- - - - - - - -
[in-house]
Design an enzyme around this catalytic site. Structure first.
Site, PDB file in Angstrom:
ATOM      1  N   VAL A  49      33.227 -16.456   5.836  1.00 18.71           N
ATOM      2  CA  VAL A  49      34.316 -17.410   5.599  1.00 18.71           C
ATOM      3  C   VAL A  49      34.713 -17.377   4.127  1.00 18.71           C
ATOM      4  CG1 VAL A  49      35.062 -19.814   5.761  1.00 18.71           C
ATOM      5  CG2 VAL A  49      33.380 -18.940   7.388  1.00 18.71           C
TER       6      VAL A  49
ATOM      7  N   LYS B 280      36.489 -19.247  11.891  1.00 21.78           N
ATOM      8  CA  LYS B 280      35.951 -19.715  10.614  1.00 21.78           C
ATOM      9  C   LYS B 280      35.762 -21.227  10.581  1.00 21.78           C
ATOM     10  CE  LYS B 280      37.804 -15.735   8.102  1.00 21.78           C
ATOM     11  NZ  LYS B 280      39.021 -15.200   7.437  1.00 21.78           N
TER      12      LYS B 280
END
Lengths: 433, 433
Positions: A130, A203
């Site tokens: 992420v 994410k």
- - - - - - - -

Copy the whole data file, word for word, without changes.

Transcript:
[in-house]
Design an enzyme around this catalytic site. Structure first.
Site, PDB file in Angstrom:
ATOM      1  N   VAL A  49      33.227 -16.456   5.836  1.00 18.71           N
ATOM      2  CA  VAL A  49      34.316 -17.410   5.599  1.00 18.71           C
ATOM      3  C   VAL A  49      34.713 -17.377   4.127  1.00 18.71           C
ATOM      4  CG1 VAL A  49      35.062 -19.814   5.761  1.00 18.71           C
ATOM      5  CG2 VAL A  49      33.380 -18.940   7.388  1.00 18.71           C
TER       6      VAL A  49
ATOM      7  N   LYS B 280      36.489 -19.247  11.891  1.00 21.78           N
ATOM      8  CA  LYS B 280      35.951 -19.715  10.614  1.00 21.78           C
ATOM      9  C   LYS B 280      35.762 -21.227  10.581  1.00 21.78           C
ATOM     10  CE  LYS B 280      37.804 -15.735   8.102  1.00 21.78           C
ATOM     11  NZ  LYS B 280      39.021 -15.200   7.437  1.00 21.78           N
TER      12      LYS B 280
END
Lengths: 433, 433
Positions: A130, A203
């Site tokens: 992420v 994410k």